MT VOID 11/25/22 -- Vol. 41, No. 22, Whole Number 2251

MT VOID 11/25/22 -- Vol. 41, No. 22, Whole Number 2251

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11/25/22 -- Vol. 41, No. 22, Whole Number 2251

Table of Contents

      Co-Editor: Mark Leeper, Co-Editor: Evelyn Leeper, Sending Address: All material is copyrighted by author unless otherwise noted. All comments sent or posted will be assumed authorized for inclusion unless otherwise noted. To subscribe or unsubscribe, send mail to The latest issue is at An index with links to the issues of the MT VOID since 1986 is at

Science Fiction (and Other) Discussion Groups, Films, Lectures, etc. (NJ):

Meetings are still fluctuating between in-person and Zoom. The best way to get the latest information is to be on the mailing lists for them.

December 1, 2022 (MTPL), 5:30PM: THE QUATERMASS CONCLUSION (1979): 
    Nigel Kneale
January 5, 2023 (MTPL), 5:30PM: "To Serve Man" by Damon Knight and 
    "Twilight Zone" episode thereof
January 26, 2023 (OBPL), 7:00PM: BINTI by Nnedi Orkorafor

Mark's Picks for Turner Classic Movies for December (comments by Evelyn C. Leeper):

THE ROCKING-HORSE WINNER is a very English-type fantasy, relying on "voices" and "spirits" rather than monsters, mythologies, or traditional creatures such as elves or fairies. It began as a short story by D. H. Lawrence, and was made into a film in 1949 (and then again for television in 1977). The 1949 version is considered a classic, starring Valerie Hobson and John Mills. The plot is simple: a young boy realizes his family is anxious about money, and also that he has the ability to pick winning horses--most of the time. He and his uncle use this ability to place bets, but the more money they win, the more his family seems to need.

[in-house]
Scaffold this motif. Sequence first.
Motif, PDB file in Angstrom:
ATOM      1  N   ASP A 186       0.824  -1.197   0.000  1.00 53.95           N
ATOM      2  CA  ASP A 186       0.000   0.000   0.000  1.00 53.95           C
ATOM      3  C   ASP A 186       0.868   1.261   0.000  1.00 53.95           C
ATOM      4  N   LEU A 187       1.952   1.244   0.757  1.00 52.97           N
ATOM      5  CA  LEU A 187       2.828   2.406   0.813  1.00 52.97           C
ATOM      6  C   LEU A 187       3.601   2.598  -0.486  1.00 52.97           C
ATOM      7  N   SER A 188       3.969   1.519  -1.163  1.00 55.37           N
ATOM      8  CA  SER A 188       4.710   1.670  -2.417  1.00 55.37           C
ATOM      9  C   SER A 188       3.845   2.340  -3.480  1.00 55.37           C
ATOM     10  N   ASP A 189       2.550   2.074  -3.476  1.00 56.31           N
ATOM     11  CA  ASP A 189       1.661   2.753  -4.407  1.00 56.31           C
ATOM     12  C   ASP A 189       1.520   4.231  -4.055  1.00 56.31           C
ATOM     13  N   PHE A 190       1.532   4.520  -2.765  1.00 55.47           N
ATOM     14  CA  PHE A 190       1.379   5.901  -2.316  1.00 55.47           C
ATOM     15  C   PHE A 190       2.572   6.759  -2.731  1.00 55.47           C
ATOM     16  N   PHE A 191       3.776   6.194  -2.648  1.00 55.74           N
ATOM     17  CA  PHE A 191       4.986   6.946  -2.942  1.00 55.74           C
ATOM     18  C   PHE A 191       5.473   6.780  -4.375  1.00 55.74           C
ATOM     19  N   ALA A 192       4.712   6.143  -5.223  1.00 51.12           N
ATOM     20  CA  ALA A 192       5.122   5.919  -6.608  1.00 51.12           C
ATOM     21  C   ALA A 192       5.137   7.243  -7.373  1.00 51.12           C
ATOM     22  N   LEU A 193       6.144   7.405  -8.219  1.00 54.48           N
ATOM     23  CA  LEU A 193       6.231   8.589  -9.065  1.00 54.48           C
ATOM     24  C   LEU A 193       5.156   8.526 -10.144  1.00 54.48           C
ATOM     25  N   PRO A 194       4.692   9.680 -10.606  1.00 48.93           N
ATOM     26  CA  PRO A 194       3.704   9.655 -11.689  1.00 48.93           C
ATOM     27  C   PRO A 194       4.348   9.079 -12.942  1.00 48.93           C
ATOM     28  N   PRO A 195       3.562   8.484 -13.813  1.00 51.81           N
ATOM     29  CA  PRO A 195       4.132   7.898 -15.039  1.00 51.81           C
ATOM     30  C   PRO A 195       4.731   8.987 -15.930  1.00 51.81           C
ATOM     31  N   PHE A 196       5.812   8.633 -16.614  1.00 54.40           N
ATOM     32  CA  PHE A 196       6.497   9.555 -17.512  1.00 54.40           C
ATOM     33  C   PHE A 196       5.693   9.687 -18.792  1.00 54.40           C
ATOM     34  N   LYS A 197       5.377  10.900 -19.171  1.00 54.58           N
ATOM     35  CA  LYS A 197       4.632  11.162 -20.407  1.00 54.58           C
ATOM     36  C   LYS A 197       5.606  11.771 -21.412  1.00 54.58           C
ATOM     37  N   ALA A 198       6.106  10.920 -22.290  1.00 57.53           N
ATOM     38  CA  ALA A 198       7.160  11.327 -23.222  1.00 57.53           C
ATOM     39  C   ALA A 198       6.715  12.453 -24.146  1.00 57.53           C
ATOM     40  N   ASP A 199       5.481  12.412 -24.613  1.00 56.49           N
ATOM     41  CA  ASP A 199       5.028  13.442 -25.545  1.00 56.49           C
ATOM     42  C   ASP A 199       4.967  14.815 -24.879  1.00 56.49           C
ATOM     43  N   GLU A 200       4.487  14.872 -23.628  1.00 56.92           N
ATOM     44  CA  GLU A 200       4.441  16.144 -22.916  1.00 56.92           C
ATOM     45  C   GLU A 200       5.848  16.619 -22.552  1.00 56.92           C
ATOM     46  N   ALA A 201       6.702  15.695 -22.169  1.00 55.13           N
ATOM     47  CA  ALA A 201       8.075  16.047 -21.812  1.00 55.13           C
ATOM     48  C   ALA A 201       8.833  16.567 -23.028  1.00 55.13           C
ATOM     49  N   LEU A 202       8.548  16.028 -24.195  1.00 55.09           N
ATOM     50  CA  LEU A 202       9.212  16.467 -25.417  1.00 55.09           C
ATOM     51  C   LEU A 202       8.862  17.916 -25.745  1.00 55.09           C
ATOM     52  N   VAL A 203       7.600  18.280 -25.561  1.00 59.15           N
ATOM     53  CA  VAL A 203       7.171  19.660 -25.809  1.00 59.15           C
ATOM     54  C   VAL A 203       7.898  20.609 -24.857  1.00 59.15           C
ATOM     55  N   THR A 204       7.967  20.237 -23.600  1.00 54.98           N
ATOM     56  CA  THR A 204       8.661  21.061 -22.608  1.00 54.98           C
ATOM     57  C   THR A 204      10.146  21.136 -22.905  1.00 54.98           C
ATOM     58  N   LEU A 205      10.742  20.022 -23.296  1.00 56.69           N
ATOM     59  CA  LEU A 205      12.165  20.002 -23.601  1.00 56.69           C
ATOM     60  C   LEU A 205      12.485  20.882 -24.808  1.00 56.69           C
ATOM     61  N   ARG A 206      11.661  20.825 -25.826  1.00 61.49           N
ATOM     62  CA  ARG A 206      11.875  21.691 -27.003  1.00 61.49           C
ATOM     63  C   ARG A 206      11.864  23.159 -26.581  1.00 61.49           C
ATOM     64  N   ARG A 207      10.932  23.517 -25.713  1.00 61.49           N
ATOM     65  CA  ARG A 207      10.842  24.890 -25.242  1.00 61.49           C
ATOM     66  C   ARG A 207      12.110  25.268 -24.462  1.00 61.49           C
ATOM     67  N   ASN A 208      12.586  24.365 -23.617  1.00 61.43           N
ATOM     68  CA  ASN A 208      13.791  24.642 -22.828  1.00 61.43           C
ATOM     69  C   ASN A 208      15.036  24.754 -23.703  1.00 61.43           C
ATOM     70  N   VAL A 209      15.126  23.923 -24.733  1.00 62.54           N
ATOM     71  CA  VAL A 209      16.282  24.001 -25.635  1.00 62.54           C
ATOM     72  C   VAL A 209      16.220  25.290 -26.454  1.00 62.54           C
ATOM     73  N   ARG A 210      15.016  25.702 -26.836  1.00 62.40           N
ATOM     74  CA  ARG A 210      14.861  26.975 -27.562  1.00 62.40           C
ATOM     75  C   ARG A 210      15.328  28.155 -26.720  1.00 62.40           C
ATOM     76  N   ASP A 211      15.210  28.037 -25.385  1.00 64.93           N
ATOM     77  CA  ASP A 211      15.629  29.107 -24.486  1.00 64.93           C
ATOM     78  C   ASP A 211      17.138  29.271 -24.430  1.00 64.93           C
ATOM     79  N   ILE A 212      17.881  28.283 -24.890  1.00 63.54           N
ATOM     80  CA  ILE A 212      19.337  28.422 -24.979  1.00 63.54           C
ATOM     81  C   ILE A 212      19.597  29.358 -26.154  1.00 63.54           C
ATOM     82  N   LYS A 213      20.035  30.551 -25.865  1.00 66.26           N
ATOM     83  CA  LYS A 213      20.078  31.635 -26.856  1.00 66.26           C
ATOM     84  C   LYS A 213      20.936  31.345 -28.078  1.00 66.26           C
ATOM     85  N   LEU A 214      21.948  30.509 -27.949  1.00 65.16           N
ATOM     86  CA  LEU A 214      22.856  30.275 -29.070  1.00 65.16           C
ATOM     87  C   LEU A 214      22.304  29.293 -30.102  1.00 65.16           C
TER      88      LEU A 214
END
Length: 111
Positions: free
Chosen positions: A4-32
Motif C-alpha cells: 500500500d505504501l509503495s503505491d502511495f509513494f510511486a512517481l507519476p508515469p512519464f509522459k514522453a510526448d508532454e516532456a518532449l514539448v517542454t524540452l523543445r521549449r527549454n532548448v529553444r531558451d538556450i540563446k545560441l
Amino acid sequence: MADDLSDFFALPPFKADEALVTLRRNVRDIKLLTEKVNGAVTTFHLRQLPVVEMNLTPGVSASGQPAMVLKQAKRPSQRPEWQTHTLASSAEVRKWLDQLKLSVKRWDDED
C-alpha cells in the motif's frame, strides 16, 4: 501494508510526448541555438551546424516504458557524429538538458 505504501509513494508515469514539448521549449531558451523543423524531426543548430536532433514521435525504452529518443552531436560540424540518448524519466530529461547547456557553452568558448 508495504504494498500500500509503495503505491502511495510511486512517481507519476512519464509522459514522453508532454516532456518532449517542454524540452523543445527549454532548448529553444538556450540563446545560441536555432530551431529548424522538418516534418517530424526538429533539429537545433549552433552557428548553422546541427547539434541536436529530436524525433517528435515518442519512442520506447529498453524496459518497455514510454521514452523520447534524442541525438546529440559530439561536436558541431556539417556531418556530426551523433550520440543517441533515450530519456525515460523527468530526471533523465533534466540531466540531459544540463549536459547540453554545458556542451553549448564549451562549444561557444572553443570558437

The story is available at:

[THE ROCKING HORSE WINNER, Saturday, December 24, 4:00AM]

Jewish Vampires (letters of comment by Gary McGath, Tim Merrigan, Keith F. Lynch, Joy Beeson, and Paul Dormer):

In response to Mark and Evelyn's review of BLOOD RELATIVES in the 11/18/22 issue of the MT VOID, Gary McGath writes:

The standard joke about Jewish vampires is that holding up a cross fails to ward them off. Does it do that? [-gmg]

Tim Merrigan responds:

That would depend on why the cross is significant. If it's as a representation of Christianity, then yeah, it shouldn't have any effect on non Christians, but if, for instance, it significance is as a representation of a Cross road (where two paths come together), long standing areas of strong magic*, then the beliefs system of the person wielding it, or of the vampire, shouldn't matter.

I'll note that pre Stoker vampire lore included burying the vampire's, separated, head at a crossroad.

*A Y or T intersection, where three paths come together is even stronger magic. [-tm]

Gary replies:

Another possibility: When a vampire victim dies, the soul goes to the Christian Heaven or Hell. The vampire spirit that takes over the body witnesses this happening and learns empirically that Christianity is true. The vampire, regardless of the person's previous beliefs, becomes cruciphobic as a result.

By the theory you suggest, vampires would hate Boston. [-gmg]

Keith F. Lynch adds:

Andrew Nadeau wrote, "Imagine you were a vampire nowhere near the Middle East and don't know who Jesus is but the day after he dies you gotta figure out why lower case t's started hurting."

That would indeed be mystifying. Especially since lowercase wasn't invented until several centuries later. [-kfl]

Joy Beeson asks:

Would a five-point intersection be stronger or weaker?

Does it matter whether it's five separate roads, or some of the roads continue through the intersection? (Every time I leave home, I have to deal with the intersection of Winona Avenue, King's Highway, Park Avenue, and Argonne Road. Chestnut Street was truncated and no longer participates.)